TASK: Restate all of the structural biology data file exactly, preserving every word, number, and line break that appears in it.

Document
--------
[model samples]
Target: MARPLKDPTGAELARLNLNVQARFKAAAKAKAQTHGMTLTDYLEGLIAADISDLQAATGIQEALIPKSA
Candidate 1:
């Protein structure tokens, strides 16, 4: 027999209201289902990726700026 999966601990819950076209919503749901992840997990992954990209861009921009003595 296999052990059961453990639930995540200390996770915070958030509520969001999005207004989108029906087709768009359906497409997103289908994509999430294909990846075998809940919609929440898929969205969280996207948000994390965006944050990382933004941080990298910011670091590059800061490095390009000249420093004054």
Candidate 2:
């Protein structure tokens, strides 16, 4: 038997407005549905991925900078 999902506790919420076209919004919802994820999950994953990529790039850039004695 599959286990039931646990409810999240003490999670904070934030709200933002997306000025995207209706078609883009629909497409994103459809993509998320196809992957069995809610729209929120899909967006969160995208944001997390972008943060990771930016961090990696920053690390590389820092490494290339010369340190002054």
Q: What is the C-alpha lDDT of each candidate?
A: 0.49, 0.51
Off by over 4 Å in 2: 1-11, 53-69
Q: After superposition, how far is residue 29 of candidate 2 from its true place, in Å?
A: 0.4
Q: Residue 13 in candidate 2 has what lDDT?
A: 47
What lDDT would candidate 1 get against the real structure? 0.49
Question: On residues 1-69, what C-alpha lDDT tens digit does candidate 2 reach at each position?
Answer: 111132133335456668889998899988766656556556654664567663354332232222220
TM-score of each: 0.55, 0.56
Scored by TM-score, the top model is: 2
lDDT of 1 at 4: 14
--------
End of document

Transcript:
[model samples]
Target: MARPLKDPTGAELARLNLNVQARFKAAAKAKAQTHGMTLTDYLEGLIAADISDLQAATGIQEALIPKSA
Candidate 1:
């Protein structure tokens, strides 16, 4: 027999209201289902990726700026 999966601990819950076209919503749901992840997990992954990209861009921009003595 296999052990059961453990639930995540200390996770915070958030509520969001999005207004989108029906087709768009359906497409997103289908994509999430294909990846075998809940919609929440898929969205969280996207948000994390965006944050990382933004941080990298910011670091590059800061490095390009000249420093004054």
Candidate 2:
């Protein structure tokens, strides 16, 4: 038997407005549905991925900078 999902506790919420076209919004919802994820999950994953990529790039850039004695 599959286990039931646990409810999240003490999670904070934030709200933002997306000025995207209706078609883009629909497409994103459809993509998320196809992957069995809610729209929120899909967006969160995208944001997390972008943060990771930016961090990696920053690390590389820092490494290339010369340190002054």
Q: What is the C-alpha lDDT of each candidate?
A: 0.49, 0.51
Off by over 4 Å in 2: 1-11, 53-69
Q: After superposition, how far is residue 29 of candidate 2 from its true place, in Å?
A: 0.4
Q: Residue 13 in candidate 2 has what lDDT?
A: 47
What lDDT would candidate 1 get against the real structure? 0.49
Question: On residues 1-69, what C-alpha lDDT tens digit does candidate 2 reach at each position?
Answer: 111132133335456668889998899988766656556556654664567663354332232222220
TM-score of each: 0.55, 0.56
Scored by TM-score, the top model is: 2
lDDT of 1 at 4: 14